God’s Artistry in a Completely Unexpected Sea Creature

Snorkeling“Here is the sea, great and wide, which teems with creatures innumerable, living things both small and great.” Psalm 104:25

It was our final day in Maui and I’d been to a dozen snorkeling spots where I’d logged thirty-some hours in the water. I’d seen hundreds of varieties of reef fish (Monday blog), dozens of turtles (Tuesday blog), and a number of eels. But that morning I asked the Lord, knowing full well there are countless things far more important, if He would graciously allow me to see something in the water I’d never seen before. (A tall order, since I’ve seen sharks, squid, eels, turtles and lots of other creatures.)

For no particular reason other than that I hadn’t been there this time, I decided to go in at Waihikuli Wayside Park—north of Lahaina and south of Kaanapali—and swim north to the cemetery, at Hanakao’o Park, then circle back to where Nanci was on Waihikuli beach. I’d done that route a couple of times on previous trips and seen turtles and decent fish, though nothing spectacular.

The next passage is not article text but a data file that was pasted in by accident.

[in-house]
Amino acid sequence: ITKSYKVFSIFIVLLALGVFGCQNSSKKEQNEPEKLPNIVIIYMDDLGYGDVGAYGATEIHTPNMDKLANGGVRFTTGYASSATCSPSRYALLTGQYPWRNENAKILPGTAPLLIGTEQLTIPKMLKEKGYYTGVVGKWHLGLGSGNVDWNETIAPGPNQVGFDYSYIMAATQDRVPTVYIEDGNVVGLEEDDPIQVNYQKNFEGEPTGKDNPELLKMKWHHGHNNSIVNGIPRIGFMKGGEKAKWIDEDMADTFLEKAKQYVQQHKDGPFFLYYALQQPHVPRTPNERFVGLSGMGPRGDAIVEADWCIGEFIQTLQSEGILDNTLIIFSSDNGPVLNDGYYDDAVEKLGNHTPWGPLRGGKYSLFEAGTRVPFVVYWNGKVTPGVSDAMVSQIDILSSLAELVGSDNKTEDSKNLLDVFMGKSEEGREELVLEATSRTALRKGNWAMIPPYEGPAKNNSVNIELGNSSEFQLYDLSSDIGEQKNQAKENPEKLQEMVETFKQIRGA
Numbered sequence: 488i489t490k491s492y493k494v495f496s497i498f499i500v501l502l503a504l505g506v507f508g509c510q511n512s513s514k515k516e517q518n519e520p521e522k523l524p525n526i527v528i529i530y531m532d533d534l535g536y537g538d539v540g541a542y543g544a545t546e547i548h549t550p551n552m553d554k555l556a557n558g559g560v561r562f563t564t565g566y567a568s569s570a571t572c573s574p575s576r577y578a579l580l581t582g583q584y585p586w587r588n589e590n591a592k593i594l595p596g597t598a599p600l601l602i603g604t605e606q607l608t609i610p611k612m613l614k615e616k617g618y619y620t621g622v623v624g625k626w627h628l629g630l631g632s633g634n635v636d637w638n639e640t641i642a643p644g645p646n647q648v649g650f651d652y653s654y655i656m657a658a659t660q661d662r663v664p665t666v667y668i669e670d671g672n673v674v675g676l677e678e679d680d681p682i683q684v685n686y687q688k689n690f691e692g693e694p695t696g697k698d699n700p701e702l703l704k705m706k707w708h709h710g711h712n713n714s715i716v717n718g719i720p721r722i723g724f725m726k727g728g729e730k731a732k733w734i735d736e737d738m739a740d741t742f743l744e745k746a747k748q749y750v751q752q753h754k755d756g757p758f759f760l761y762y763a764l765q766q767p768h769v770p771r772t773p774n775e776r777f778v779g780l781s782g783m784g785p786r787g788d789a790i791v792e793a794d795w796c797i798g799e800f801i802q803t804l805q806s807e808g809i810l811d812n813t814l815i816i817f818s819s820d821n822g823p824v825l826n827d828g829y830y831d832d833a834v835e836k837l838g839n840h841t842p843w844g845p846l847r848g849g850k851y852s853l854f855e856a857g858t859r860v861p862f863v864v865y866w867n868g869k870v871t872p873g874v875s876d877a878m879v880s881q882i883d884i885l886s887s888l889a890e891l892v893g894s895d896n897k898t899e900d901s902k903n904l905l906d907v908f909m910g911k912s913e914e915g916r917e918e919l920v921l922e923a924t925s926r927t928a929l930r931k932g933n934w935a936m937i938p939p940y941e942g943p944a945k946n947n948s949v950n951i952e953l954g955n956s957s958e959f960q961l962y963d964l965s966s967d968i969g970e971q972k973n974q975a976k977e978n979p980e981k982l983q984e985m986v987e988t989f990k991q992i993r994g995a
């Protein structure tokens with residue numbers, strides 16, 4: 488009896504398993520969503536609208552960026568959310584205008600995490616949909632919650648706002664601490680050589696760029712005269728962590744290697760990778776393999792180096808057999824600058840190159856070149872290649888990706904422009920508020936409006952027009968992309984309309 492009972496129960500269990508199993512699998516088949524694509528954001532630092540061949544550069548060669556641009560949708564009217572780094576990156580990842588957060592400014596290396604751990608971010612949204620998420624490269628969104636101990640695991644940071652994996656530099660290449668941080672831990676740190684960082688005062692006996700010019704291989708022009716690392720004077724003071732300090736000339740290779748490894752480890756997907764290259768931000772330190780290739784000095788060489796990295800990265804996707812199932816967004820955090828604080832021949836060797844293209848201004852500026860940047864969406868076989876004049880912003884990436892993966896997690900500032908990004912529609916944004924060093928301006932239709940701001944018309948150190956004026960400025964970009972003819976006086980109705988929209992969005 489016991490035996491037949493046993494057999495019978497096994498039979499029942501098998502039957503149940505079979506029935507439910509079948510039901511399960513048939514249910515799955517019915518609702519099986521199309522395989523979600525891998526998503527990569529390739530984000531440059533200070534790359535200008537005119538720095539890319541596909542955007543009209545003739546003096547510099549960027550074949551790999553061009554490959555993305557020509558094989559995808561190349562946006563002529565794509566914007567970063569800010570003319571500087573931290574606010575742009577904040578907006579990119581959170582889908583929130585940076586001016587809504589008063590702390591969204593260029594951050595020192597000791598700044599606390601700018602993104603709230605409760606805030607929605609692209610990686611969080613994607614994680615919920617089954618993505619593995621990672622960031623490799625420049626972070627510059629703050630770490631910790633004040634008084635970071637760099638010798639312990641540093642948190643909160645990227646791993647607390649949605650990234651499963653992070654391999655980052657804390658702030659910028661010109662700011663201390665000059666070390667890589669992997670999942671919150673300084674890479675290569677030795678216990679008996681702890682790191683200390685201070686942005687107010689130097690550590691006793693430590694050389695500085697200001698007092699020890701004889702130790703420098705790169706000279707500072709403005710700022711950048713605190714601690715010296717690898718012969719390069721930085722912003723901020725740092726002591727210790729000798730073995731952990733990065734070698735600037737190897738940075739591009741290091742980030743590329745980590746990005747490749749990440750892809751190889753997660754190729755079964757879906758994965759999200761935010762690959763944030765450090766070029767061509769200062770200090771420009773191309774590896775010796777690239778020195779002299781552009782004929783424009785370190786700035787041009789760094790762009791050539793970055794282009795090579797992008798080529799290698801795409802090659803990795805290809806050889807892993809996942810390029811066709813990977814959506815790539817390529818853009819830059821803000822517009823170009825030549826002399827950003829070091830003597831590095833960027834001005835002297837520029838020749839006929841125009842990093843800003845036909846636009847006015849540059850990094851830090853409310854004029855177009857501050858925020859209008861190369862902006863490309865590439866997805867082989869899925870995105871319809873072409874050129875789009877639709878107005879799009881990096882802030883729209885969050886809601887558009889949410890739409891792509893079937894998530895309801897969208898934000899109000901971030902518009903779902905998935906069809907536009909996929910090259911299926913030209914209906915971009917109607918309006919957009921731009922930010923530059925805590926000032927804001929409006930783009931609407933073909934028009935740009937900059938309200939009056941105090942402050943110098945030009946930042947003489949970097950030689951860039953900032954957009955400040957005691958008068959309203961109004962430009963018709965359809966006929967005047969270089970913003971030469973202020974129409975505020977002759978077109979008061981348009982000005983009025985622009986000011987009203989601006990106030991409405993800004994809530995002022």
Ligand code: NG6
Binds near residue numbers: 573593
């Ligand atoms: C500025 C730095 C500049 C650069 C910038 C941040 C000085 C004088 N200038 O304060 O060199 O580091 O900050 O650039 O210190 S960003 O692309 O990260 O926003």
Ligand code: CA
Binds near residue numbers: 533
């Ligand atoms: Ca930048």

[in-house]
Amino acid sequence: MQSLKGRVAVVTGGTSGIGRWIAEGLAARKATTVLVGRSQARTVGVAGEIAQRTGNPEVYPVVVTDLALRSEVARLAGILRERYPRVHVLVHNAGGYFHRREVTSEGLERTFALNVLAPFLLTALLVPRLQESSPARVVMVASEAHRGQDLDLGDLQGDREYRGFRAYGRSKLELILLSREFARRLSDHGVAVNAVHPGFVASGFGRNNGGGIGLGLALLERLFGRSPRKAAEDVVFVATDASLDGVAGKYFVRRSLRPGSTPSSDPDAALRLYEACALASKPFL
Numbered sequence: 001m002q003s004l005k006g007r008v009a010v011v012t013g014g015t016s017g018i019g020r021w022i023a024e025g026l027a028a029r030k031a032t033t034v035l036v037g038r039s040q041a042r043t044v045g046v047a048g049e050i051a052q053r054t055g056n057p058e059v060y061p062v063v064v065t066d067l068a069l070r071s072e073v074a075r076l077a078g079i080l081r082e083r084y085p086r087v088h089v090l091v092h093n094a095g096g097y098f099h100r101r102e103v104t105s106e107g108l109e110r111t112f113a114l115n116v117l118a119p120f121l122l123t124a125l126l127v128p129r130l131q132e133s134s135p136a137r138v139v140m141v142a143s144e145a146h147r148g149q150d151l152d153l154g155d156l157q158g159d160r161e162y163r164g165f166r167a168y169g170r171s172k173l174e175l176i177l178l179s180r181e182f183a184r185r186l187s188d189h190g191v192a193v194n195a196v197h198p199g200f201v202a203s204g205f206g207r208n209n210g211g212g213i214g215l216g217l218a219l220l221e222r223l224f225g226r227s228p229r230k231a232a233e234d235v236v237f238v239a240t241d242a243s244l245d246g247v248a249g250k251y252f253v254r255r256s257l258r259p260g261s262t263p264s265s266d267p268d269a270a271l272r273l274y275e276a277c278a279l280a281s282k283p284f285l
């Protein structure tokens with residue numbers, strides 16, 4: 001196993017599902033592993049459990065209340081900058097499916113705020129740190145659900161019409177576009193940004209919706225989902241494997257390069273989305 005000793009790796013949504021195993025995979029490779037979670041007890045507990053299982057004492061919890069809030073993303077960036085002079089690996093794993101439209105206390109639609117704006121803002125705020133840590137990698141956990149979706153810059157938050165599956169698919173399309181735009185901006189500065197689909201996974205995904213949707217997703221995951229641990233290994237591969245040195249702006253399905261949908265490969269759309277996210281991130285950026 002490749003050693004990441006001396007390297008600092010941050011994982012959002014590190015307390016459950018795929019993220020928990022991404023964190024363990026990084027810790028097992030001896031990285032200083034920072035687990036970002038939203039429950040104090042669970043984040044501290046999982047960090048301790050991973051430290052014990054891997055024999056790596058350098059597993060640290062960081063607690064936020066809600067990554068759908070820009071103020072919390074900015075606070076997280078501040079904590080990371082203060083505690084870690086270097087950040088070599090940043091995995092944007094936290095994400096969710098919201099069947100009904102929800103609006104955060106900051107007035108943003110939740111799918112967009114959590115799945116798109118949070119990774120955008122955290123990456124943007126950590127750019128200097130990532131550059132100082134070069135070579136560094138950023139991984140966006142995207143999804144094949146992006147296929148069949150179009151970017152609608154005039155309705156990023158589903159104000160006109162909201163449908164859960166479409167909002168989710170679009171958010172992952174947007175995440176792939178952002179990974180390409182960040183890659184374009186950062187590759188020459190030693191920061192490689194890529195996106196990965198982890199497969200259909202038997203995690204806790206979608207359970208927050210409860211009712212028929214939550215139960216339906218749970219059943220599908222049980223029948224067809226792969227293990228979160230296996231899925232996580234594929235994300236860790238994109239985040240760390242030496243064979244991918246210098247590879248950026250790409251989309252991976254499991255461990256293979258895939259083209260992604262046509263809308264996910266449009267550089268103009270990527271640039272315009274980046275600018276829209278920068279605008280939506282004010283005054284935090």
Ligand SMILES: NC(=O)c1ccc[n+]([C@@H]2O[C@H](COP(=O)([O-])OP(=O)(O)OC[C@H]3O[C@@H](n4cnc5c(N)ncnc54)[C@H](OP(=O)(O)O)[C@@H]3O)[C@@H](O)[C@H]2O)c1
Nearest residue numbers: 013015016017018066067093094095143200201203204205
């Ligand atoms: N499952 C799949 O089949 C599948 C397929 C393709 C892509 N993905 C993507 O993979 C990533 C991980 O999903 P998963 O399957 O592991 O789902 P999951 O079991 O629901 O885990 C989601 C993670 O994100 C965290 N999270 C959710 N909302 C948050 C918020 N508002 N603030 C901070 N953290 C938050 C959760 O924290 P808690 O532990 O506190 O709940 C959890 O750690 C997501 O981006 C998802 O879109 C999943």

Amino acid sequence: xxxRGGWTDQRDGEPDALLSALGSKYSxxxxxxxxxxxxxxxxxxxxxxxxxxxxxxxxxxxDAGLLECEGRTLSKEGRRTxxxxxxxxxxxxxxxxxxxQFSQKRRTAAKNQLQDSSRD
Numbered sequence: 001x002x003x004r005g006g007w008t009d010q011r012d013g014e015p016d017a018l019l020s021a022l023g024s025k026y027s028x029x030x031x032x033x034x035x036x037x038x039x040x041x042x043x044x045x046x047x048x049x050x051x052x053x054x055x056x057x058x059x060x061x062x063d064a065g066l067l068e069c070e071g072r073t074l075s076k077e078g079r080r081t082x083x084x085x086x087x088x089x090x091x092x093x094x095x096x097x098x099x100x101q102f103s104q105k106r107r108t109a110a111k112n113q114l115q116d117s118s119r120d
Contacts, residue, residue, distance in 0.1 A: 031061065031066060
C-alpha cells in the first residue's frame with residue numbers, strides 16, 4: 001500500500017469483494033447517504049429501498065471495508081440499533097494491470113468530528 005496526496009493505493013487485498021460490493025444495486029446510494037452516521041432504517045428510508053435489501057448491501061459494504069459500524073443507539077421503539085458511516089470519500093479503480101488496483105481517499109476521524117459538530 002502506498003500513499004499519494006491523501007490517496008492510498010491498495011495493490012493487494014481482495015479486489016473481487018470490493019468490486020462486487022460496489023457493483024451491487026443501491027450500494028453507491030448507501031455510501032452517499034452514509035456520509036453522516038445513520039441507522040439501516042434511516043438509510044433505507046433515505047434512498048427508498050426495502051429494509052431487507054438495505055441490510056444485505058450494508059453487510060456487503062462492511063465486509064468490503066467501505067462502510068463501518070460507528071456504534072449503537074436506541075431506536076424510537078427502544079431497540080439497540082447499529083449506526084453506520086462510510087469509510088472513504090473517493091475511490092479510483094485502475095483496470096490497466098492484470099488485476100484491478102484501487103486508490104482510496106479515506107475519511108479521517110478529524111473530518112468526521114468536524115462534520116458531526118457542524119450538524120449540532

Thirty minutes into the snorkeling I second guessed myself when I hit some cloudy waters. I was the only person in the entire stretch, not one other snorkeler was visible the entire time. Everybody else was at Black Rock, Napili, Kapalua, Honolua, old airport beach, Olawalu or down in Kihei, or the other places I’d been on earlier days. Anytime you’re a couple of hours in the water in Hawaii and never see another person, you know you’re not in a popular place!